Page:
Pork tenderloin

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jellybear
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2005/01/13 09:37:05 (permalink)

Pork tenderloin

We dont hear a lot about this tasty little cut of meat,What is your favorite way of preparing it?Whole or pounded in medallions and served with a sauce?BBQ,naw save that for the ribs.
#1

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    emsmom
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    RE: Pork tenderloin 2005/01/13 09:54:44 (permalink)
    I start mine off in the skillet with a little water and let the water boil out of the skillet and then sear the tenderloins until lightly browned on both sides. I like to season with garlic-pepper or Natures seasoning and paprika. Serve with applesauce.
    #2
    Scott -- DFW
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    RE: Pork tenderloin 2005/01/13 11:11:59 (permalink)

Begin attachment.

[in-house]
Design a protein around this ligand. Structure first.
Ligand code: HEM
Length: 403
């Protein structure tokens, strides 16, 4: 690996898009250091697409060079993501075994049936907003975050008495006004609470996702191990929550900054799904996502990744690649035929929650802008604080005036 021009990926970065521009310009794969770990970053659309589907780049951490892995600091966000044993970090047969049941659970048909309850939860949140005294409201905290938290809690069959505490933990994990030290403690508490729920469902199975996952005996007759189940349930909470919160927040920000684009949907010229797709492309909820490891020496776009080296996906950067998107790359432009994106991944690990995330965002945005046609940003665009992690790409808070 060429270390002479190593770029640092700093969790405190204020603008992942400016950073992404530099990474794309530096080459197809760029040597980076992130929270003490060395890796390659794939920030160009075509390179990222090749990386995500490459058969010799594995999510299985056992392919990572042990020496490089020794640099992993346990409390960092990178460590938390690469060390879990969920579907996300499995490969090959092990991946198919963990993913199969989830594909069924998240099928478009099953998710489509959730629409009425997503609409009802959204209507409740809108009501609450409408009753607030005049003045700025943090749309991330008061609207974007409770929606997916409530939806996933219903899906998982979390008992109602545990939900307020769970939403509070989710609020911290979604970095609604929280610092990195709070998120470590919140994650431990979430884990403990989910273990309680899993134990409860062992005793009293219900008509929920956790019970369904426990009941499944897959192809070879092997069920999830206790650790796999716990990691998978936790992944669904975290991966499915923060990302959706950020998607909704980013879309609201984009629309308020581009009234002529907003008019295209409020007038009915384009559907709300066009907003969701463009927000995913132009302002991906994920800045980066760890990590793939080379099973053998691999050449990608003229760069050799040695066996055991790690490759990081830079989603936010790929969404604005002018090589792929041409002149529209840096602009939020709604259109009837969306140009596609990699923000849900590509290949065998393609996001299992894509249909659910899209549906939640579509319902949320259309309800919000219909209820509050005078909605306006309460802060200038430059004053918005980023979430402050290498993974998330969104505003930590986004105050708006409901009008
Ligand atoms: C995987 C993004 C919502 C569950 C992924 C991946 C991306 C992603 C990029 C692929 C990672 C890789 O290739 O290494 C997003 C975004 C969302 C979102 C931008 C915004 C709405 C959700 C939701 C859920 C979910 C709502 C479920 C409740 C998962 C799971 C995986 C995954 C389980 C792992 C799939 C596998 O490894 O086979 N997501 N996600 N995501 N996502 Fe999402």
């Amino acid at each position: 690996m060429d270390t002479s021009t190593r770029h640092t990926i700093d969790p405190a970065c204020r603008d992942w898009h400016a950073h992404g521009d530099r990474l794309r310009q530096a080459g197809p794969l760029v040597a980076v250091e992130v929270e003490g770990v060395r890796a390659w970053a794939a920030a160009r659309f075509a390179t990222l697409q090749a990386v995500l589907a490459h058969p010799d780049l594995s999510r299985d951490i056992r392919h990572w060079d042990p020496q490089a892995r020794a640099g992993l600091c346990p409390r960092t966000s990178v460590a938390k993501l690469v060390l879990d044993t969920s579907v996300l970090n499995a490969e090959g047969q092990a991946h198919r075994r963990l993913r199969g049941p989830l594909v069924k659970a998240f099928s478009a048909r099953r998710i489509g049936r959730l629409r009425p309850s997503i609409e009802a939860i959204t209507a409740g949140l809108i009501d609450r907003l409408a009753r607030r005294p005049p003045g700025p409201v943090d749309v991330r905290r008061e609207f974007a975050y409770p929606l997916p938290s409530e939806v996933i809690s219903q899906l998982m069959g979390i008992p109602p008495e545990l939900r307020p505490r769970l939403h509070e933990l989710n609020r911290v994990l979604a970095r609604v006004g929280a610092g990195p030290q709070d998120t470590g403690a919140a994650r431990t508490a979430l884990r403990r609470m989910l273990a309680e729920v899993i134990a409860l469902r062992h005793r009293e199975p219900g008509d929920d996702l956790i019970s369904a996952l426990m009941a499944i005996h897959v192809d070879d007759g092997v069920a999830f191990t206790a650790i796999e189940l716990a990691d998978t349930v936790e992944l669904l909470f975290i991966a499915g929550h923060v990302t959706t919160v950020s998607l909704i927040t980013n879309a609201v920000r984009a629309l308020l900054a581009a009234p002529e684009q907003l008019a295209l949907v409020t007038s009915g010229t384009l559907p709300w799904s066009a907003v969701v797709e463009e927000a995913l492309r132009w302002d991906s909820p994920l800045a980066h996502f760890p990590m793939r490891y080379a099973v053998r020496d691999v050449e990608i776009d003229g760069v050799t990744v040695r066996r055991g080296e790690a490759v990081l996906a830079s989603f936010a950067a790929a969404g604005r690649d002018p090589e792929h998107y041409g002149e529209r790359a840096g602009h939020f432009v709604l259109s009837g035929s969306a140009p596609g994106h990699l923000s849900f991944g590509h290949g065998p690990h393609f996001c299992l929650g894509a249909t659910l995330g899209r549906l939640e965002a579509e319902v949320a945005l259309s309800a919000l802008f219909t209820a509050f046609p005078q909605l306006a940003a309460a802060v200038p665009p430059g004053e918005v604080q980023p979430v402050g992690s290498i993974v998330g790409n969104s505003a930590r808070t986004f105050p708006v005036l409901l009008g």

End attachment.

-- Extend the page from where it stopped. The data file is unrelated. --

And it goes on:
Perfectly barbecued pork loin is one of the greatest things ever put in the mouth of man.

    Here's a mesquite-smoked loin in the holding pit at Opie's in Spicewood, Texas.


    And here are a few slices of loin I had last Saturday at Cooper's in Llano, Texas.


    If you've never had great barbecued loin, you owe it to yourself to try it.

    Scott
    #3
    kland01s
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    RE: Pork tenderloin 2005/01/13 11:31:07 (permalink)
    I usually stuff cloves of garlic and then roast mine after browning it in a skillet like ensmom but those pictures certainly make me want to try it barbecued. Yum.
    #4
    RubyRose
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    RE: Pork tenderloin 2005/01/13 12:28:39 (permalink)